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Posts tagged with "Life in the Drug Labs"

  • Life in the Drug Labs

    The Latest in Pharmaceutical Technology

    I’ve been spending some time with a batch of compound recently, boiling it in ethyl alcohol all day long. I distill out the ethanol, then add more and boil it up again. And again. Why am I being so darn productive, you ask? Well, this is some material we received from a contract synthesis company… Read More
  • Life in the Drug Labs


    There are some pretty big cultural divides in the drug industry. The preclinical research people and the development people always think that they have one of the biggest, but that’s not true. They do argue a lot, but the arguments are phrased in terms that each side understands. “Your synthetic route can’t provide enough compound… Read More
  • Life in the Drug Labs

    A Sensitive Guy

    Well, my poison ivy has abated, which is good news on several fronts. Besides the obvious one, it also means that I wasn’t exhibiting a reaction to a particular reagent that I was using a lot of at the same time, an aryl isocyanate. Those are reactive little creatures, and they’re known to bother some… Read More
  • Life in the Drug Labs

    Having the Hands

    After working so many years in organic chemistry labs, I notice that I have all these little motions and flourishes in my technique. For example, when I’m draining the bottom layer out of a separatory funnel, I always drain it down almost to the bottom, and stop. Then I swirl it around a little bit… Read More
  • Academia (vs. Industry)

    Differences Between Academia and Industry, Pt. 4

    You hear an awful lot about teamwork when you’re in industry. (Personally, my fist clenches up whenever I here the phrase “team player”, but perhaps that’s just me.) But there’s a bit of truth in all this talk, and it’s something that you generally don’t encounter during graduate training. As a chemistry gr… Read More
  • Life in the Drug Labs

    Let’s Check This Blank Page, Here

    I think that most of the large (and some of the small) drug companies have by now made the switch to electronic lab notebooks. It couldn’t have come too soon for me. My merits as a scientist are up for debate, but my virtues as a record keeper are inarguable: I stink. And have stunk… Read More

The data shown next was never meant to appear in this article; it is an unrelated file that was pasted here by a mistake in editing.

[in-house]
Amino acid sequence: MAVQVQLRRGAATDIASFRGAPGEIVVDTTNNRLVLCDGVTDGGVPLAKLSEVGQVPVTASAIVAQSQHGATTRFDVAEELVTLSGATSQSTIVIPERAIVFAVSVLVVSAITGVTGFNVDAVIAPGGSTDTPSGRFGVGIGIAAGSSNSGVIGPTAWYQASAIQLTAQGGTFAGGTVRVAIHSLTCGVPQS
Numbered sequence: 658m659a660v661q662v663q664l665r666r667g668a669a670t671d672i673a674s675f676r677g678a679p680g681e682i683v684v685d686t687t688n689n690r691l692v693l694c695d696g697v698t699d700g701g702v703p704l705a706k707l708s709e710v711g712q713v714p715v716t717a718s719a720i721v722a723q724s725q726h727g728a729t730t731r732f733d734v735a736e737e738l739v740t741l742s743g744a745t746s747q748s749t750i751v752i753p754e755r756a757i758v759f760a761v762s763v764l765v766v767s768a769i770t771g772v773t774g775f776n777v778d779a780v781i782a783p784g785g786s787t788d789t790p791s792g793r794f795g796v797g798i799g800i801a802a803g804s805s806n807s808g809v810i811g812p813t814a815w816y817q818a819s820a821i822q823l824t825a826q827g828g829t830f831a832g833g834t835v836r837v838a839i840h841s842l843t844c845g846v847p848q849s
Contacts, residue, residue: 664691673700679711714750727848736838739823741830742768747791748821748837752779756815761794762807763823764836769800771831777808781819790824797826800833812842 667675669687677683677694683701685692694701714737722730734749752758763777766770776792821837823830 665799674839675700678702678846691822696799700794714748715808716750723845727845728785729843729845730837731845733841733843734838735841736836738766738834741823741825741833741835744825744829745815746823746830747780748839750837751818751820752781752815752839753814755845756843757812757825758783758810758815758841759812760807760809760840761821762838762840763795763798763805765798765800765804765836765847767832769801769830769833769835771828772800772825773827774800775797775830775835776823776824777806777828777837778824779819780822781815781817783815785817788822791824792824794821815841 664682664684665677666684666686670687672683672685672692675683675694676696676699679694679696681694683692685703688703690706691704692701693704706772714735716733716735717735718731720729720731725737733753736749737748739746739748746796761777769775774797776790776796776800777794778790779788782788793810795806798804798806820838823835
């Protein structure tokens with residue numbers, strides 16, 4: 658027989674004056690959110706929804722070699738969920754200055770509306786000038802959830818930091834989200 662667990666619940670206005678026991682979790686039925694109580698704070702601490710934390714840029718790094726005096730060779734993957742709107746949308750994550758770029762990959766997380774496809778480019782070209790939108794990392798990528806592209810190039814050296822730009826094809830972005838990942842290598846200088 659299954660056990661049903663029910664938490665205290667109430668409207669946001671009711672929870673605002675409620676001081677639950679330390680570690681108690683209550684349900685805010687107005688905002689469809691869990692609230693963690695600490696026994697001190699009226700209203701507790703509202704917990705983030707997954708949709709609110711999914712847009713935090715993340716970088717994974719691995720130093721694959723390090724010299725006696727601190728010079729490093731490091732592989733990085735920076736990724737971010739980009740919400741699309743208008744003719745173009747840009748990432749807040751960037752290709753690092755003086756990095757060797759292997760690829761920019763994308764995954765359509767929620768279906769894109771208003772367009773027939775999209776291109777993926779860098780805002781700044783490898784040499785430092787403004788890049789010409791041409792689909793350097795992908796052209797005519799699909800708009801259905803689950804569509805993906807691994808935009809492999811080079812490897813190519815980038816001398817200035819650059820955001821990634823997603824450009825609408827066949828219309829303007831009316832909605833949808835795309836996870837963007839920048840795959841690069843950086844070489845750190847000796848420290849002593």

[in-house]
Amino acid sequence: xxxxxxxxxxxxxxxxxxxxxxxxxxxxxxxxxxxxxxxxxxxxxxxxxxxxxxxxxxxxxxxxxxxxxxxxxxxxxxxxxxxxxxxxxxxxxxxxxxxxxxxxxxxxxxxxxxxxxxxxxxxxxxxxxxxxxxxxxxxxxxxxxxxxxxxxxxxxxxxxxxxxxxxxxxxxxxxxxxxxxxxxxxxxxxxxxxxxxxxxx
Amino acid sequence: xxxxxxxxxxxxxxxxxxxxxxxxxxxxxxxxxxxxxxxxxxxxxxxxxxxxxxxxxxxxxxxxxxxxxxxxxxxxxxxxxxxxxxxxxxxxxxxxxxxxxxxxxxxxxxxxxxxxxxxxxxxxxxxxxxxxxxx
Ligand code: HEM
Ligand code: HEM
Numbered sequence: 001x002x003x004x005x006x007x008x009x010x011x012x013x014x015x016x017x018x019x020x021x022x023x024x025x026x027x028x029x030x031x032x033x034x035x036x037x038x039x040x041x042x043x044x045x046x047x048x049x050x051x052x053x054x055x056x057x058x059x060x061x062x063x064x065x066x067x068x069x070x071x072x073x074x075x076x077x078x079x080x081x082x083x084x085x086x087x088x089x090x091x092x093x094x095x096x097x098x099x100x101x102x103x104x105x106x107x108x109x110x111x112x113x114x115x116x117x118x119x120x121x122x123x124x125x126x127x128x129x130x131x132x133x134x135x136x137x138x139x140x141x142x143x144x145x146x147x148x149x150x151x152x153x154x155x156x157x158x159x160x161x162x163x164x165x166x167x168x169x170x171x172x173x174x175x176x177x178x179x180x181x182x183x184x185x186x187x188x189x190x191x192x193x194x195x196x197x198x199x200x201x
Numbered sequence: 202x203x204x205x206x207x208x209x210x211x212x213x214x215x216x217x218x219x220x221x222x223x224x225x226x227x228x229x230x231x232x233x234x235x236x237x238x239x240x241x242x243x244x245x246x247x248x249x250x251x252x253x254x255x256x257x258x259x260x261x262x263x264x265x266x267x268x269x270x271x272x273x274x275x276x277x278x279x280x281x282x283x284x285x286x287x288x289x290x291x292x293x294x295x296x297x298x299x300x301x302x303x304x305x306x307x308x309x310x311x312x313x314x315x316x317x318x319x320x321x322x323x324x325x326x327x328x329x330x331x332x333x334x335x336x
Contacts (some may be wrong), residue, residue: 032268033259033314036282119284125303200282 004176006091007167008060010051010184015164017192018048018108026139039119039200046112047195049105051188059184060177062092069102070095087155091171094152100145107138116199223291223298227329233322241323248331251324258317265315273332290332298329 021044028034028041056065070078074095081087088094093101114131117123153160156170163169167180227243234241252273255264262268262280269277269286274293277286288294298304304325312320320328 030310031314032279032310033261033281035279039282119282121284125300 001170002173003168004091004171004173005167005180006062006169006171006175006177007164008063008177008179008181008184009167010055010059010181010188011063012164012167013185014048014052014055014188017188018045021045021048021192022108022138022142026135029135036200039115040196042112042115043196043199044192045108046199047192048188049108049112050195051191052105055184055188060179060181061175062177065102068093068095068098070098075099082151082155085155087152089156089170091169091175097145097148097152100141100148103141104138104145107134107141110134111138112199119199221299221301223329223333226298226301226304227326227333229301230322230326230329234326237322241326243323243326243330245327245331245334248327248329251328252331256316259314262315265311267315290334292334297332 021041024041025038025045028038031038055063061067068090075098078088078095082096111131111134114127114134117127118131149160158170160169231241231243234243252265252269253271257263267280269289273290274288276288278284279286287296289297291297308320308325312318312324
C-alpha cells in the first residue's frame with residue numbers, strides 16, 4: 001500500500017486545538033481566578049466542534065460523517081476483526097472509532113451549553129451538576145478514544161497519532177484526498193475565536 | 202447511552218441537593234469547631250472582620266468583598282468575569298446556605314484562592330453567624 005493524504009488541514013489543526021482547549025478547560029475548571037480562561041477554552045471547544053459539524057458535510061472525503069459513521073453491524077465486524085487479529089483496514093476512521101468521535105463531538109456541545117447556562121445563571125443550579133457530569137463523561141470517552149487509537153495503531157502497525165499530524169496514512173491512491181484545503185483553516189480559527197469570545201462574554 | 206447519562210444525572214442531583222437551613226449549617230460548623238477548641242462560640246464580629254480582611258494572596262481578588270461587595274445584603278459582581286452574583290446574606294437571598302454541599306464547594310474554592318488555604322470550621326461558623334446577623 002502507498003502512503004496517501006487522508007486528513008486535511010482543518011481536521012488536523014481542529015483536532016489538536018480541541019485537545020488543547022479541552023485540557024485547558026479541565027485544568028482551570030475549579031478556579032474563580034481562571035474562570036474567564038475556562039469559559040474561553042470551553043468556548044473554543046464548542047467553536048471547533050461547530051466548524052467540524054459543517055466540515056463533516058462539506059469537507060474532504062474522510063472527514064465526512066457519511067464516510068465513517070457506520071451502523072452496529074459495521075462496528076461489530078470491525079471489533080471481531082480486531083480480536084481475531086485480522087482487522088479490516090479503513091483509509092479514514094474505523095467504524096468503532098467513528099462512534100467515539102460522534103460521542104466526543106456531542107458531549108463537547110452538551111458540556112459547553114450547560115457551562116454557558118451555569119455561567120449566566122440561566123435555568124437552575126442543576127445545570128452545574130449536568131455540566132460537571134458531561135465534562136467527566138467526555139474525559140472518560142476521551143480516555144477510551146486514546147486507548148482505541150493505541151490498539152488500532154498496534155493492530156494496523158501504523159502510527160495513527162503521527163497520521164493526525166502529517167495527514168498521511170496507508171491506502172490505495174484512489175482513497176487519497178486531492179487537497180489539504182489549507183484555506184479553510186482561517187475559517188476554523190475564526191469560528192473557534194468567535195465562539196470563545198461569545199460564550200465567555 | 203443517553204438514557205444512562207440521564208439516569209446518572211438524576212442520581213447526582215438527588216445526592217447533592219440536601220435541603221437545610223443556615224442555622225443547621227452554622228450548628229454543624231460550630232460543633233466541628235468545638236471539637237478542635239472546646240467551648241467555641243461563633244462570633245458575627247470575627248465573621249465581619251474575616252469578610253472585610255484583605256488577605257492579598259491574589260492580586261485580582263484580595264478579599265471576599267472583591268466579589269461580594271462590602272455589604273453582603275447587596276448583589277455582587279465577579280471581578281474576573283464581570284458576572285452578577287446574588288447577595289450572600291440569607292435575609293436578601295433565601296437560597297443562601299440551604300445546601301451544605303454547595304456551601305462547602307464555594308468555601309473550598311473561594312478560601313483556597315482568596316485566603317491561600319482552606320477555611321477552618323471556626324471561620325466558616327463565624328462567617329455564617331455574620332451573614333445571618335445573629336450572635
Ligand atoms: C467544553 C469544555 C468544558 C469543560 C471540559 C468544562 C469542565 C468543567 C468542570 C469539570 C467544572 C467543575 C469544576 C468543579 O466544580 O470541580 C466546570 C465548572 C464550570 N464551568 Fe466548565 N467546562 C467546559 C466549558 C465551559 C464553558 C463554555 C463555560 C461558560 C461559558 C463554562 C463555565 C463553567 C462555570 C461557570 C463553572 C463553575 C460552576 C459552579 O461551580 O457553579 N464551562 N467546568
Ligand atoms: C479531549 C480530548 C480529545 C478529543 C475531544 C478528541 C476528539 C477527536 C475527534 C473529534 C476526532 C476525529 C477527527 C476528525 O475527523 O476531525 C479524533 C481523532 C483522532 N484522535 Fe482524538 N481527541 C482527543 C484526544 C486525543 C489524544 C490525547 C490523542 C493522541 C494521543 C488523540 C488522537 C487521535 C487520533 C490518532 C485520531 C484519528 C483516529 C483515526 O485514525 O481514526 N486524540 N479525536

• Drug Assays

    Seven Questions

    As a drug discovery project moves along, we synthesize lots of new compounds, test them, and pick the best ones to make in large quantities. Simple, eh? Try your hand, then, at some of these questions, all of which have come up in the course of my career so far: 1. If you’re running an… Read More
  • Life in the Drug Labs

    Hydrogenation Made Easy?

    I recently saw a demonstration of a gizmothat promises to make catalytic hydrogenation easier. If it works, it’s about time. This is an ancient reaction (the standard apparatus is pretty much unchanged since the 1920s), but it’s still extremely useful. But nobody likes to run the darn things. For the non-chemists in the crowd, the… Read More
  • Life in the Drug Labs

    How Safe Is This Stuff?

    Prompted by a comment to the benzene distillation post, I’ve been searching for some accident rate or life expectancy data for organic chemists. It’s not easy to find. I’m pretty sure that the American Chemical Society collects this sort of thing (and since they have a group rate for term life insurance, it would seem… Read More
  • Life in the Drug Labs

    The Voice of Experience

    During a meeting today, some of us were making a decision about whether or not to take a look at a particular series of compounds in some assays. I spoke up, saying “Hey, if we’ve got ’em, why not? Never talk yourself out of something that’s easy to test.” “The voice of pragmatism”, said someone… Read More